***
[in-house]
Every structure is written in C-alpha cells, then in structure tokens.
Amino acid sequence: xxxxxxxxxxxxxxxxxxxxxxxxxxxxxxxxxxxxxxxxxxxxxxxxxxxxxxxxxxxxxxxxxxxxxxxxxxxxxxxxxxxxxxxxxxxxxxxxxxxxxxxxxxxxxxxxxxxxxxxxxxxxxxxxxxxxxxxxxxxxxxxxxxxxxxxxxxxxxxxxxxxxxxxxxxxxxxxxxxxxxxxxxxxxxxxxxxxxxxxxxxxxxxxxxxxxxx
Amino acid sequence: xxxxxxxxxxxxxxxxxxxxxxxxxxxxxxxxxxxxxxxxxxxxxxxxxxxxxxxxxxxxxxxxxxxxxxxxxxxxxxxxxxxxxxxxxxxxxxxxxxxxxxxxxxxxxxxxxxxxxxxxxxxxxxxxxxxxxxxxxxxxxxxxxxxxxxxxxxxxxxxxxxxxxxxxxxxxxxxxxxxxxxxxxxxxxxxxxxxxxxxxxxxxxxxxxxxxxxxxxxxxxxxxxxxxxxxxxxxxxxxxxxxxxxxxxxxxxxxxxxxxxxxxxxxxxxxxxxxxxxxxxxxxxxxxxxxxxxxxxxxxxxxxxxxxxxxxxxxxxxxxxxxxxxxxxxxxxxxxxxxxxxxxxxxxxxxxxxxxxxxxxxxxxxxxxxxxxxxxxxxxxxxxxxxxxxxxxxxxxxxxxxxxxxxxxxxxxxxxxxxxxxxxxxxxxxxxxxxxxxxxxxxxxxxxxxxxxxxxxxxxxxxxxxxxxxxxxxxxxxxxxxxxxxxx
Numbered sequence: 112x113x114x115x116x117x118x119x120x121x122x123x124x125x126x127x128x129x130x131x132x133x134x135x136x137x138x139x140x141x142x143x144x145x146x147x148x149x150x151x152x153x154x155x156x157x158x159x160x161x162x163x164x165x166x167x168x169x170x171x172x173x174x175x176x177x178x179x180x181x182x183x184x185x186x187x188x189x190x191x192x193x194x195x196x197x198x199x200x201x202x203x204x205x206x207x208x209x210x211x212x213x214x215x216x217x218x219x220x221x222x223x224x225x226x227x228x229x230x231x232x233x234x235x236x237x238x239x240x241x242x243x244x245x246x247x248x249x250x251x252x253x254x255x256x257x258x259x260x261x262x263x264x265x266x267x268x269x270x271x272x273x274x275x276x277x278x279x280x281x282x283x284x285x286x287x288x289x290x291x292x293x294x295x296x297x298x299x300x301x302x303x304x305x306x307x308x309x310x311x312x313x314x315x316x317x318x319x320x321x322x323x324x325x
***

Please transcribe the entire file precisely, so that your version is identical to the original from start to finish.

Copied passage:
[in-house]
Every structure is written in C-alpha cells, then in structure tokens.
Amino acid sequence: xxxxxxxxxxxxxxxxxxxxxxxxxxxxxxxxxxxxxxxxxxxxxxxxxxxxxxxxxxxxxxxxxxxxxxxxxxxxxxxxxxxxxxxxxxxxxxxxxxxxxxxxxxxxxxxxxxxxxxxxxxxxxxxxxxxxxxxxxxxxxxxxxxxxxxxxxxxxxxxxxxxxxxxxxxxxxxxxxxxxxxxxxxxxxxxxxxxxxxxxxxxxxxxxxxxxxx
Amino acid sequence: xxxxxxxxxxxxxxxxxxxxxxxxxxxxxxxxxxxxxxxxxxxxxxxxxxxxxxxxxxxxxxxxxxxxxxxxxxxxxxxxxxxxxxxxxxxxxxxxxxxxxxxxxxxxxxxxxxxxxxxxxxxxxxxxxxxxxxxxxxxxxxxxxxxxxxxxxxxxxxxxxxxxxxxxxxxxxxxxxxxxxxxxxxxxxxxxxxxxxxxxxxxxxxxxxxxxxxxxxxxxxxxxxxxxxxxxxxxxxxxxxxxxxxxxxxxxxxxxxxxxxxxxxxxxxxxxxxxxxxxxxxxxxxxxxxxxxxxxxxxxxxxxxxxxxxxxxxxxxxxxxxxxxxxxxxxxxxxxxxxxxxxxxxxxxxxxxxxxxxxxxxxxxxxxxxxxxxxxxxxxxxxxxxxxxxxxxxxxxxxxxxxxxxxxxxxxxxxxxxxxxxxxxxxxxxxxxxxxxxxxxxxxxxxxxxxxxxxxxxxxxxxxxxxxxxxxxxxxxxxxxxxxxxxx
Numbered sequence: 112x113x114x115x116x117x118x119x120x121x122x123x124x125x126x127x128x129x130x131x132x133x134x135x136x137x138x139x140x141x142x143x144x145x146x147x148x149x150x151x152x153x154x155x156x157x158x159x160x161x162x163x164x165x166x167x168x169x170x171x172x173x174x175x176x177x178x179x180x181x182x183x184x185x186x187x188x189x190x191x192x193x194x195x196x197x198x199x200x201x202x203x204x205x206x207x208x209x210x211x212x213x214x215x216x217x218x219x220x221x222x223x224x225x226x227x228x229x230x231x232x233x234x235x236x237x238x239x240x241x242x243x244x245x246x247x248x249x250x251x252x253x254x255x256x257x258x259x260x261x262x263x264x265x266x267x268x269x270x271x272x273x274x275x276x277x278x279x280x281x282x283x284x285x286x287x288x289x290x291x292x293x294x295x296x297x298x299x300x301x302x303x304x305x306x307x308x309x310x311x312x313x314x315x316x317x318x319x320x321x322x323x324x325x